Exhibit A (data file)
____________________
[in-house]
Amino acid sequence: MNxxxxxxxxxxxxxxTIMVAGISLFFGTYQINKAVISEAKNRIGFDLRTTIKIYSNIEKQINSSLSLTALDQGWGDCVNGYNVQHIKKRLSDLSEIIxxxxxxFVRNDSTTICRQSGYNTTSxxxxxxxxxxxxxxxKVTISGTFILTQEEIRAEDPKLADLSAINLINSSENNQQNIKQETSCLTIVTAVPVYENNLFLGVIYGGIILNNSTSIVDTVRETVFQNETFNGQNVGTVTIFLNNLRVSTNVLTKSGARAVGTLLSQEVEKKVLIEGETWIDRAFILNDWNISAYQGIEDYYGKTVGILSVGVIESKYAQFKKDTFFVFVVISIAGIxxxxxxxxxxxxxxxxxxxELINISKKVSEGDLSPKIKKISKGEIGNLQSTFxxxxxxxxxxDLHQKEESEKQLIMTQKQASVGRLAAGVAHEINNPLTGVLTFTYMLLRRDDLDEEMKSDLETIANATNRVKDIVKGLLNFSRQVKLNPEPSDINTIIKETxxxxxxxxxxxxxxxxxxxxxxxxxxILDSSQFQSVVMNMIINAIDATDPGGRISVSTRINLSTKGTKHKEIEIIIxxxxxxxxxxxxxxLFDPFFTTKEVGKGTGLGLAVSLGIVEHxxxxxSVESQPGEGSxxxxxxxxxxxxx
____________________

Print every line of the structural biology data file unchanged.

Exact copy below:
[in-house]
Amino acid sequence: MNxxxxxxxxxxxxxxTIMVAGISLFFGTYQINKAVISEAKNRIGFDLRTTIKIYSNIEKQINSSLSLTALDQGWGDCVNGYNVQHIKKRLSDLSEIIxxxxxxFVRNDSTTICRQSGYNTTSxxxxxxxxxxxxxxxKVTISGTFILTQEEIRAEDPKLADLSAINLINSSENNQQNIKQETSCLTIVTAVPVYENNLFLGVIYGGIILNNSTSIVDTVRETVFQNETFNGQNVGTVTIFLNNLRVSTNVLTKSGARAVGTLLSQEVEKKVLIEGETWIDRAFILNDWNISAYQGIEDYYGKTVGILSVGVIESKYAQFKKDTFFVFVVISIAGIxxxxxxxxxxxxxxxxxxxELINISKKVSEGDLSPKIKKISKGEIGNLQSTFxxxxxxxxxxDLHQKEESEKQLIMTQKQASVGRLAAGVAHEINNPLTGVLTFTYMLLRRDDLDEEMKSDLETIANATNRVKDIVKGLLNFSRQVKLNPEPSDINTIIKETxxxxxxxxxxxxxxxxxxxxxxxxxxILDSSQFQSVVMNMIINAIDATDPGGRISVSTRINLSTKGTKHKEIEIIIxxxxxxxxxxxxxxLFDPFFTTKEVGKGTGLGLAVSLGIVEHxxxxxSVESQPGEGSxxxxxxxxxxxxx